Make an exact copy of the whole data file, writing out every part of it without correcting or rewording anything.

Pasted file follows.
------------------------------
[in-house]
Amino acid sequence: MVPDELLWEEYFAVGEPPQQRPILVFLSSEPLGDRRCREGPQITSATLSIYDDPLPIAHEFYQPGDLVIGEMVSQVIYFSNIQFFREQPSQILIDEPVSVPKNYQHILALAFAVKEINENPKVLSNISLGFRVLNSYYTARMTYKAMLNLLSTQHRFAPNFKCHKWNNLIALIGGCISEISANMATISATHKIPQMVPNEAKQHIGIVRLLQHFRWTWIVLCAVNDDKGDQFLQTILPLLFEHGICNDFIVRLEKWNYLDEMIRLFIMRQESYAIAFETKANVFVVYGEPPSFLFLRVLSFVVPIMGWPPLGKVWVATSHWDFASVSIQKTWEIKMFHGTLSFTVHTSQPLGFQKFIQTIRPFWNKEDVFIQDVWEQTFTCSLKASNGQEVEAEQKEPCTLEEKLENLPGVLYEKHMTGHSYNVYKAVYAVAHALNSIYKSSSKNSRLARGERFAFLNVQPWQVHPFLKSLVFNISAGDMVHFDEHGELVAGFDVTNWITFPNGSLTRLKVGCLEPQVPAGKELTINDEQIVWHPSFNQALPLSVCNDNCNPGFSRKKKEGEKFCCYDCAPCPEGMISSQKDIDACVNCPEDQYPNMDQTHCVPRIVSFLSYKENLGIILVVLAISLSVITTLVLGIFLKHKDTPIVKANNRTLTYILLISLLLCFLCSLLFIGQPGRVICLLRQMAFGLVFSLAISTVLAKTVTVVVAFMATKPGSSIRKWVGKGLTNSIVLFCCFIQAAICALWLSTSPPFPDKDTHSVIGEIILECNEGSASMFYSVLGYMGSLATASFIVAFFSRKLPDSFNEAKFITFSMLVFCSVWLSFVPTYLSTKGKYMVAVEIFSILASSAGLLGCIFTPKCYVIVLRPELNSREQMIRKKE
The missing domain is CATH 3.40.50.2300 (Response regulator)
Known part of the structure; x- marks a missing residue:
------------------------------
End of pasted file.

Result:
[in-house]
Amino acid sequence: MVPDELLWEEYFAVGEPPQQRPILVFLSSEPLGDRRCREGPQITSATLSIYDDPLPIAHEFYQPGDLVIGEMVSQVIYFSNIQFFREQPSQILIDEPVSVPKNYQHILALAFAVKEINENPKVLSNISLGFRVLNSYYTARMTYKAMLNLLSTQHRFAPNFKCHKWNNLIALIGGCISEISANMATISATHKIPQMVPNEAKQHIGIVRLLQHFRWTWIVLCAVNDDKGDQFLQTILPLLFEHGICNDFIVRLEKWNYLDEMIRLFIMRQESYAIAFETKANVFVVYGEPPSFLFLRVLSFVVPIMGWPPLGKVWVATSHWDFASVSIQKTWEIKMFHGTLSFTVHTSQPLGFQKFIQTIRPFWNKEDVFIQDVWEQTFTCSLKASNGQEVEAEQKEPCTLEEKLENLPGVLYEKHMTGHSYNVYKAVYAVAHALNSIYKSSSKNSRLARGERFAFLNVQPWQVHPFLKSLVFNISAGDMVHFDEHGELVAGFDVTNWITFPNGSLTRLKVGCLEPQVPAGKELTINDEQIVWHPSFNQALPLSVCNDNCNPGFSRKKKEGEKFCCYDCAPCPEGMISSQKDIDACVNCPEDQYPNMDQTHCVPRIVSFLSYKENLGIILVVLAISLSVITTLVLGIFLKHKDTPIVKANNRTLTYILLISLLLCFLCSLLFIGQPGRVICLLRQMAFGLVFSLAISTVLAKTVTVVVAFMATKPGSSIRKWVGKGLTNSIVLFCCFIQAAICALWLSTSPPFPDKDTHSVIGEIILECNEGSASMFYSVLGYMGSLATASFIVAFFSRKLPDSFNEAKFITFSMLVFCSVWLSFVPTYLSTKGKYMVAVEIFSILASSAGLLGCIFTPKCYVIVLRPELNSREQMIRKKE
The missing domain is CATH 3.40.50.2300 (Response regulator)
Known part of the structure; x- marks a missing residue: